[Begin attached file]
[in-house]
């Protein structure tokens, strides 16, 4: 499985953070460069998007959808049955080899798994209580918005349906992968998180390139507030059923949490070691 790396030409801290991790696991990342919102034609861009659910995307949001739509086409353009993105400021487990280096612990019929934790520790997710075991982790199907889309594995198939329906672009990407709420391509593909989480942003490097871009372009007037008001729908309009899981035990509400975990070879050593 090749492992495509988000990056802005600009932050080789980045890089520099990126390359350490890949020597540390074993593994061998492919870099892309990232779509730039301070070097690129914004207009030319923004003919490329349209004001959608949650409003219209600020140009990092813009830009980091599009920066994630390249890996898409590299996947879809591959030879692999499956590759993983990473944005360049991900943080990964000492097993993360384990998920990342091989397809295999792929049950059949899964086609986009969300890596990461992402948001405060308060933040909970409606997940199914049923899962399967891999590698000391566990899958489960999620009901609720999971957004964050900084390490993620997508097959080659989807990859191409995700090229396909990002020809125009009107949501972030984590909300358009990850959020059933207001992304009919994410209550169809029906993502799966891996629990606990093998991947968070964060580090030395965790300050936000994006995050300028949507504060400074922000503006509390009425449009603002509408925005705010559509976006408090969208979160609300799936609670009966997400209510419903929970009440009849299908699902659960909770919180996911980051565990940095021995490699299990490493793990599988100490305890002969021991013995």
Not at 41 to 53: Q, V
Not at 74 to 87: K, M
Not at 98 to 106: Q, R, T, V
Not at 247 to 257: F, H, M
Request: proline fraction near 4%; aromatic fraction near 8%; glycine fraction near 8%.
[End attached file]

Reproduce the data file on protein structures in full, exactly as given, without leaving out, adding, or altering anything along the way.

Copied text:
[in-house]
């Protein structure tokens, strides 16, 4: 499985953070460069998007959808049955080899798994209580918005349906992968998180390139507030059923949490070691 790396030409801290991790696991990342919102034609861009659910995307949001739509086409353009993105400021487990280096612990019929934790520790997710075991982790199907889309594995198939329906672009990407709420391509593909989480942003490097871009372009007037008001729908309009899981035990509400975990070879050593 090749492992495509988000990056802005600009932050080789980045890089520099990126390359350490890949020597540390074993593994061998492919870099892309990232779509730039301070070097690129914004207009030319923004003919490329349209004001959608949650409003219209600020140009990092813009830009980091599009920066994630390249890996898409590299996947879809591959030879692999499956590759993983990473944005360049991900943080990964000492097993993360384990998920990342091989397809295999792929049950059949899964086609986009969300890596990461992402948001405060308060933040909970409606997940199914049923899962399967891999590698000391566990899958489960999620009901609720999971957004964050900084390490993620997508097959080659989807990859191409995700090229396909990002020809125009009107949501972030984590909300358009990850959020059933207001992304009919994410209550169809029906993502799966891996629990606990093998991947968070964060580090030395965790300050936000994006995050300028949507504060400074922000503006509390009425449009603002509408925005705010559509976006408090969208979160609300799936609670009966997400209510419903929970009440009849299908699902659960909770919180996911980051565990940095021995490699299990490493793990599988100490305890002969021991013995």
Not at 41 to 53: Q, V
Not at 74 to 87: K, M
Not at 98 to 106: Q, R, T, V
Not at 247 to 257: F, H, M
Request: proline fraction near 4%; aromatic fraction near 8%; glycine fraction near 8%.